Republic of the Philippines
SUPREME COURT
Manila

SECOND DIVISION

G.R. No. 73893 June 30, 1987

MARGARITA SURIA AND GRACIA R. JOVEN, petitioners,
vs.
HON. INTERMEDIATE APPELLATE COURT, HON. JOSE MAR GARCIA (Presiding Judge of the RTC of Laguna, Branch XXIV, Biñan, Laguna), and SPOUSES HERMINIO A. CRISPIN and NATIVIDAD C. CRISPIN, respondents.

De Castro & Cagampang Law Offices for petitioners.

Nelson A. Loyola for private respondents.

R E S O L U T I O N

 

GUTIERREZ, JR., J.:

This is a petition for review on certiorari of the decision of the Court of Appeals dismissing for lack of merit the petition for certiorari filed therein.

As factual background, we quote from the Court of Appeals' decision:

The factual and procedural antecedents of this case may be briefly stated as follows:

On June 20, 1983, private-respondents filed a complaint before the Regional Trial Court of Laguna, Branch XXIV, for rescission of contract and damages, alleging among others:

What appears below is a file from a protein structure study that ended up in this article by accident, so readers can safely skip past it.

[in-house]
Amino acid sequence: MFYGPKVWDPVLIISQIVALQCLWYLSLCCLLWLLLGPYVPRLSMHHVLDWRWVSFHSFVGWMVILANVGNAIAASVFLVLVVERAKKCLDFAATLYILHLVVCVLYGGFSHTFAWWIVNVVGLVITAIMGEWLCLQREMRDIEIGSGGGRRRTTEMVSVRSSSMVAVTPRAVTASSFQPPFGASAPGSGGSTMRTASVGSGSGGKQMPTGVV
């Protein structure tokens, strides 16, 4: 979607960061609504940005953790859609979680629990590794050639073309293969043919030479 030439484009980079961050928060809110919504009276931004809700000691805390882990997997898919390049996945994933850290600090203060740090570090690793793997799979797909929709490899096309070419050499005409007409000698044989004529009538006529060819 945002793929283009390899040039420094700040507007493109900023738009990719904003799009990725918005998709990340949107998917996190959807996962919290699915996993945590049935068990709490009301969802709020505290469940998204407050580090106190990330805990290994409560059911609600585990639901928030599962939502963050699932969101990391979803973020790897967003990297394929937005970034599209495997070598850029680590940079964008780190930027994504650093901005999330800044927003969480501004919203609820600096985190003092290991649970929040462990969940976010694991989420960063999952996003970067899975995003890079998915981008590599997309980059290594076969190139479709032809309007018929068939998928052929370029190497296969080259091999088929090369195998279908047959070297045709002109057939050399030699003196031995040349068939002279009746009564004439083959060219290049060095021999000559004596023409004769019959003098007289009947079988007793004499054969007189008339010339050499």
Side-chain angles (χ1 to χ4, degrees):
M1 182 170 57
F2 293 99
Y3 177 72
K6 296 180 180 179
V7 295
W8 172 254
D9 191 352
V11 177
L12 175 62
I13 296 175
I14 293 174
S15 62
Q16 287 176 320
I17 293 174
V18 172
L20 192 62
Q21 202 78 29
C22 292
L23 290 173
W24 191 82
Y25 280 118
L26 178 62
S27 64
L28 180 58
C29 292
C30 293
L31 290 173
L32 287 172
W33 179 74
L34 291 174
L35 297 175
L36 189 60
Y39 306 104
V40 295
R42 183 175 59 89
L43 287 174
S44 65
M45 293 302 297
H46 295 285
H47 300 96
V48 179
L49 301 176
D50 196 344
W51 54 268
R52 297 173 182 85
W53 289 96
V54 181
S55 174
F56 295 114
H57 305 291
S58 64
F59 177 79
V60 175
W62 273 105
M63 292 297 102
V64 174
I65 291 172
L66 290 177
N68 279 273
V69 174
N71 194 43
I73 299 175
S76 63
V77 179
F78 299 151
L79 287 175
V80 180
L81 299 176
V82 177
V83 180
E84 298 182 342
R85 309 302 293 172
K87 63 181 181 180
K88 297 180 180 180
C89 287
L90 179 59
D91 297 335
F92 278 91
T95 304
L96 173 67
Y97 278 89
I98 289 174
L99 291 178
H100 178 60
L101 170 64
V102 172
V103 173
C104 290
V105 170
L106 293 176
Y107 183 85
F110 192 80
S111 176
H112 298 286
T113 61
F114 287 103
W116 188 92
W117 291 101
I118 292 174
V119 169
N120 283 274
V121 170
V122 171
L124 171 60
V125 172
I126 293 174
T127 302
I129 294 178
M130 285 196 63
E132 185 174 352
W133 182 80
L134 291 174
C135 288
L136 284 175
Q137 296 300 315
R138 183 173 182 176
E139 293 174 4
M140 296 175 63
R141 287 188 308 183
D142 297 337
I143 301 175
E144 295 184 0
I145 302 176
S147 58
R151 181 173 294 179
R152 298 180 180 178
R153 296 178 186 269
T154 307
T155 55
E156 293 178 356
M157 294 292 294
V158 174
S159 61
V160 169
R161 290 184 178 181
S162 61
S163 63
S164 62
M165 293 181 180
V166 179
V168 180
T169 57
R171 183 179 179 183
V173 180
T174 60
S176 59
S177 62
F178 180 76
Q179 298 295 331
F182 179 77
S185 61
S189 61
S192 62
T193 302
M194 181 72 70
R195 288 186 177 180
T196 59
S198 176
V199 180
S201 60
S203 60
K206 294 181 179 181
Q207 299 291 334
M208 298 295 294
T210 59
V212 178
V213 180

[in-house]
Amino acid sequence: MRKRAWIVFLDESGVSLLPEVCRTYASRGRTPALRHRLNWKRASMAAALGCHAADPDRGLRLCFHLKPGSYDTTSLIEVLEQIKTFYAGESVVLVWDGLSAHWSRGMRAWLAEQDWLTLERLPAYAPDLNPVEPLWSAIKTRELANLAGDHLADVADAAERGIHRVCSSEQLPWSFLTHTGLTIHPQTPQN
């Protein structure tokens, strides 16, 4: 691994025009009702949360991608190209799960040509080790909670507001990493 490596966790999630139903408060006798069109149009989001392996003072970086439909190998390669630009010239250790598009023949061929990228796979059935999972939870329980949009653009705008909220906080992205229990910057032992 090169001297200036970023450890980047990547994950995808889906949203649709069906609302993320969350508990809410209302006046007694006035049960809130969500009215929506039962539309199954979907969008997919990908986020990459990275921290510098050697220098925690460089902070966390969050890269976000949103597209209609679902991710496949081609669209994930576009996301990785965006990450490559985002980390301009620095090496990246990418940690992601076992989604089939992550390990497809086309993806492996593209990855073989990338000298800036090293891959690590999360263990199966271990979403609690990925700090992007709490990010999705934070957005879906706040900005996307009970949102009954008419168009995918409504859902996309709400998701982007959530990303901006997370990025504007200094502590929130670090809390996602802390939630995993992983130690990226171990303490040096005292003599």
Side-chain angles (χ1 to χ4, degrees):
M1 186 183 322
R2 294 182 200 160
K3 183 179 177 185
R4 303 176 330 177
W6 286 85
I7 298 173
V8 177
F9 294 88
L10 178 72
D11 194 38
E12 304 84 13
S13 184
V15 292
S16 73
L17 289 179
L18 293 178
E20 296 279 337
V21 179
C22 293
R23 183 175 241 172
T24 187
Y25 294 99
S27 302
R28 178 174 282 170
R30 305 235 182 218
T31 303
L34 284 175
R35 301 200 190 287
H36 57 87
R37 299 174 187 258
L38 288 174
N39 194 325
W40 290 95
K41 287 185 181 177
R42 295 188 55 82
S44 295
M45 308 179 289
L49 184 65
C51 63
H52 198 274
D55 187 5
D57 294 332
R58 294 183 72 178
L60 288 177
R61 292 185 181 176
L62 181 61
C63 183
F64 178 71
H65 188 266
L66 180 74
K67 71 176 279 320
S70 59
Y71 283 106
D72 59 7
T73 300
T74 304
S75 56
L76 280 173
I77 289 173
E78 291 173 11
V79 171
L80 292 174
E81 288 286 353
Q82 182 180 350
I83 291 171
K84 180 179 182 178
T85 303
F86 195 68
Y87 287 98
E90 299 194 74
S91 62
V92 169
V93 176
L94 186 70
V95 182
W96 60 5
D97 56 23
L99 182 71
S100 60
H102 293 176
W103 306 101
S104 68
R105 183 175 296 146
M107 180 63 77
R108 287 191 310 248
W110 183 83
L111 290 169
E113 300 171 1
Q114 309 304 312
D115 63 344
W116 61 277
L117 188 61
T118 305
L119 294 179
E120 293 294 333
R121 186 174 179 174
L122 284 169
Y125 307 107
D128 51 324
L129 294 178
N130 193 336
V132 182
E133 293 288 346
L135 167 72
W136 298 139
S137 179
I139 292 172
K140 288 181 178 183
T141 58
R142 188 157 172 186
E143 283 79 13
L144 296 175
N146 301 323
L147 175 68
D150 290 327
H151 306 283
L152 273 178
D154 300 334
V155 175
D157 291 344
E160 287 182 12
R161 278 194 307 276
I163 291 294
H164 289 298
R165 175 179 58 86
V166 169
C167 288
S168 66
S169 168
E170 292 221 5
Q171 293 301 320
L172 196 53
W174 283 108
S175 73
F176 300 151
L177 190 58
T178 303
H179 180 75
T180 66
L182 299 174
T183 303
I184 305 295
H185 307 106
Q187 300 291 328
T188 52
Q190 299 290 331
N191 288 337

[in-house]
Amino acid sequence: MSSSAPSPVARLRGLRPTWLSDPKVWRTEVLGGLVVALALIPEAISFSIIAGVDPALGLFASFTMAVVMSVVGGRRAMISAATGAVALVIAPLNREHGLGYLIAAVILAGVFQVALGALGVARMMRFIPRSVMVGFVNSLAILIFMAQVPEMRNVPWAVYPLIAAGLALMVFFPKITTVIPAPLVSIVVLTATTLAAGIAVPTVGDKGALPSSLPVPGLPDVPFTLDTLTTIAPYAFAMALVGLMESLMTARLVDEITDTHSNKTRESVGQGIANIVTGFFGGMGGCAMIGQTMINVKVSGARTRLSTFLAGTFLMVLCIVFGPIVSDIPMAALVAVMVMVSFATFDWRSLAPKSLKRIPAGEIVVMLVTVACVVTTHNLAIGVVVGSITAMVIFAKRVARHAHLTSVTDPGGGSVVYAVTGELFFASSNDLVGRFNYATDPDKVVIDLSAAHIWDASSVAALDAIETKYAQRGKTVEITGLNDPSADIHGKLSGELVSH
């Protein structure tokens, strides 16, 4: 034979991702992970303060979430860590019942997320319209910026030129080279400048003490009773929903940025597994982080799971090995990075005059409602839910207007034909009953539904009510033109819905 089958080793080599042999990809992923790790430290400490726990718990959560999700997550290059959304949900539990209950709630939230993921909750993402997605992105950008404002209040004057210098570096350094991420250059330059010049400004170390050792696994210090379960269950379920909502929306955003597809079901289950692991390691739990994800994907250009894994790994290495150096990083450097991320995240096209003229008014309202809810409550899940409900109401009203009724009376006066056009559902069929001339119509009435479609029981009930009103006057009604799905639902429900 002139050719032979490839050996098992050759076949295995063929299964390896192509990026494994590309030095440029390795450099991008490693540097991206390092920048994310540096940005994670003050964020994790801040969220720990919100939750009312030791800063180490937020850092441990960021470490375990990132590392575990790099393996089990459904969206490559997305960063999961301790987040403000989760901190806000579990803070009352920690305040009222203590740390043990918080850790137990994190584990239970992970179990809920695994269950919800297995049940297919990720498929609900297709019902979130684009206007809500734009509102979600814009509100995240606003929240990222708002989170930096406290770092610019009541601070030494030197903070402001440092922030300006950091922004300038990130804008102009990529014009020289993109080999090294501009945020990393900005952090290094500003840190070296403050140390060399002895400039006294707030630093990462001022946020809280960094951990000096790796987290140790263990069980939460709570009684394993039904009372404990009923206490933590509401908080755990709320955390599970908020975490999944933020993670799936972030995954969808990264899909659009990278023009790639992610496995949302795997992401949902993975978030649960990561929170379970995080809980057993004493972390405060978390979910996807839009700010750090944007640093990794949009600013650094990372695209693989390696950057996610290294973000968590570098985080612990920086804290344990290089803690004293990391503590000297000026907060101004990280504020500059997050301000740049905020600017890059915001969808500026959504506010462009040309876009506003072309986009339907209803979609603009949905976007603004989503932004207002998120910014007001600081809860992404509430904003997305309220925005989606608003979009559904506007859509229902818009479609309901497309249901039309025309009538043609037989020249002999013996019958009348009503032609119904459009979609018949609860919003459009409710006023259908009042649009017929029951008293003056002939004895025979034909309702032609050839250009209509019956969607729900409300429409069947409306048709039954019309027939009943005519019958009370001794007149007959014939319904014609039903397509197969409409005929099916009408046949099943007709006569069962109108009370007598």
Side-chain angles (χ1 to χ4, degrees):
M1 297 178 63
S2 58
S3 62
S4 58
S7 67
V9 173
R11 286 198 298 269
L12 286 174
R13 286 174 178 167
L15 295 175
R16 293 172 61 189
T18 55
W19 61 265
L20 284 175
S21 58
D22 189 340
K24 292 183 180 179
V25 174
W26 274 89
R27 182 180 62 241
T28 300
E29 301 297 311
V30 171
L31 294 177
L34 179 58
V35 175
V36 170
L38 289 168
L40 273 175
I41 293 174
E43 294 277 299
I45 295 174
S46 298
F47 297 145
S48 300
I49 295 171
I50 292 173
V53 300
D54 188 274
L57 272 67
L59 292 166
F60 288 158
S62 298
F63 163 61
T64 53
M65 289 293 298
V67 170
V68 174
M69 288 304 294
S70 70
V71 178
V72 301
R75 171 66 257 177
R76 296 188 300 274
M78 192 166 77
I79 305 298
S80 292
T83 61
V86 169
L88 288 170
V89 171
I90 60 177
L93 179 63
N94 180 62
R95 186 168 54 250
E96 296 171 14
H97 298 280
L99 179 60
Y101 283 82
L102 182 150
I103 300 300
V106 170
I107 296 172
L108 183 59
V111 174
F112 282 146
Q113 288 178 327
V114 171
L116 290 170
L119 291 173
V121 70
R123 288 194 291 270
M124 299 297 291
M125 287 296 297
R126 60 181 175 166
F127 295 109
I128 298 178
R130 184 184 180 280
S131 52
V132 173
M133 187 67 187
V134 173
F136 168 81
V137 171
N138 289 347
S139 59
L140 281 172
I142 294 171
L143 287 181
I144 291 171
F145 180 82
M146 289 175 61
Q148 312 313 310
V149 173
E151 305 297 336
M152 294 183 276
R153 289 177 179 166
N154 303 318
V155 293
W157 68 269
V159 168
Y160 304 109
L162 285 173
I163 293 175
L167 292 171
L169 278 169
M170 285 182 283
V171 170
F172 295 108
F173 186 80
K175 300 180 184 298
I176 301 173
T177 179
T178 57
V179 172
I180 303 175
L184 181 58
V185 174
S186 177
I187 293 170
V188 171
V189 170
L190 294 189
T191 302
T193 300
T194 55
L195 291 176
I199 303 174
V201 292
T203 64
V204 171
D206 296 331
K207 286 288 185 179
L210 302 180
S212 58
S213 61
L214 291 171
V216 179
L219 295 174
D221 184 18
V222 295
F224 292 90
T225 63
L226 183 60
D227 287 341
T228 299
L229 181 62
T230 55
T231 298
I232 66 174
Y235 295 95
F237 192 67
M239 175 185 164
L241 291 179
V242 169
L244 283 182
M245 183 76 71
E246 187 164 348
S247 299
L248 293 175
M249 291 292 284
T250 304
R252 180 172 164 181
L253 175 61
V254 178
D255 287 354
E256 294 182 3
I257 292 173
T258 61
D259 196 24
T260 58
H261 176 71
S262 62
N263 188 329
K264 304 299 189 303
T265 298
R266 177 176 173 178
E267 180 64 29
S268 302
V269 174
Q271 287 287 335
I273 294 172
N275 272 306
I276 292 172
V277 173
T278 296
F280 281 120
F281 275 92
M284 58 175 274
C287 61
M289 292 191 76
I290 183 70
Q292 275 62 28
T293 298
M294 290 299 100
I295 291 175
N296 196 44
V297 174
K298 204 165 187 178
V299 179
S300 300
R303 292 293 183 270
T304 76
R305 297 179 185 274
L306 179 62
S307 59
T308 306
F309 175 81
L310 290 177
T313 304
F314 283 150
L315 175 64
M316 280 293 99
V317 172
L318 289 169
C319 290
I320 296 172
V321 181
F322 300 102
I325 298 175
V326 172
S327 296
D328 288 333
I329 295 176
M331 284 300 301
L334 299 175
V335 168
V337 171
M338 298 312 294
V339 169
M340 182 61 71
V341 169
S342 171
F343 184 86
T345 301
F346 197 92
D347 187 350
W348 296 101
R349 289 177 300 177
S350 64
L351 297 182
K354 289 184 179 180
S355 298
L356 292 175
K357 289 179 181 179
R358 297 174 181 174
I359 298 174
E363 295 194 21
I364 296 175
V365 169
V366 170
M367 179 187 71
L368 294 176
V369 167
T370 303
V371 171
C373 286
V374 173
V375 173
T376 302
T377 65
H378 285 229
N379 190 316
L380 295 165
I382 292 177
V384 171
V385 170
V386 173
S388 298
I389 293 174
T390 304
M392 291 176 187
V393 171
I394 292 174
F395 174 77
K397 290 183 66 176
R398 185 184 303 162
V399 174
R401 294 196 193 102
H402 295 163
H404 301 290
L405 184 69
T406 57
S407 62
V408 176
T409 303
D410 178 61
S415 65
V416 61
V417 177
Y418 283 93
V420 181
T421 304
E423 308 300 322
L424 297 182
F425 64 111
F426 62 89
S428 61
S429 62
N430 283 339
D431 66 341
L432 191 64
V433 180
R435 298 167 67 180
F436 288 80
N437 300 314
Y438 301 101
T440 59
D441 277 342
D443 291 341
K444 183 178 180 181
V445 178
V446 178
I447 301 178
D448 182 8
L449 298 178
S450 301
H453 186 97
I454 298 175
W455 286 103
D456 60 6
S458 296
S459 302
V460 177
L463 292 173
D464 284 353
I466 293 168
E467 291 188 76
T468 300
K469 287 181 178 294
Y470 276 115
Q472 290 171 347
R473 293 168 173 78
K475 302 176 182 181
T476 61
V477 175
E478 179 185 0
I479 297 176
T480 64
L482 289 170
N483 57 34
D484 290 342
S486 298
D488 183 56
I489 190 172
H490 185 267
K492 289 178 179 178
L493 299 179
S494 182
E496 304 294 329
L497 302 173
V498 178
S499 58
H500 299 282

1. x x x

2. That on March 31, 1975, plaintiffs being the owners of a parcel of land situated at Barrio San Antonio, San Pedro, Laguna, entered into a contract denominated as DEED OF SALE WITH MORTGAGE, with herein defendants, a true copy of said contract (which is made an integral part hereof) is hereto attached as ANNEX ."A":

3. x x x

4. That the defendants violated the terms and conditions of the contract by failing to pay the stipulated installments and in fact only one installment due in July 1975 (paid very late in the month of September, 1975) was made all the others remaining unsettled to the present time;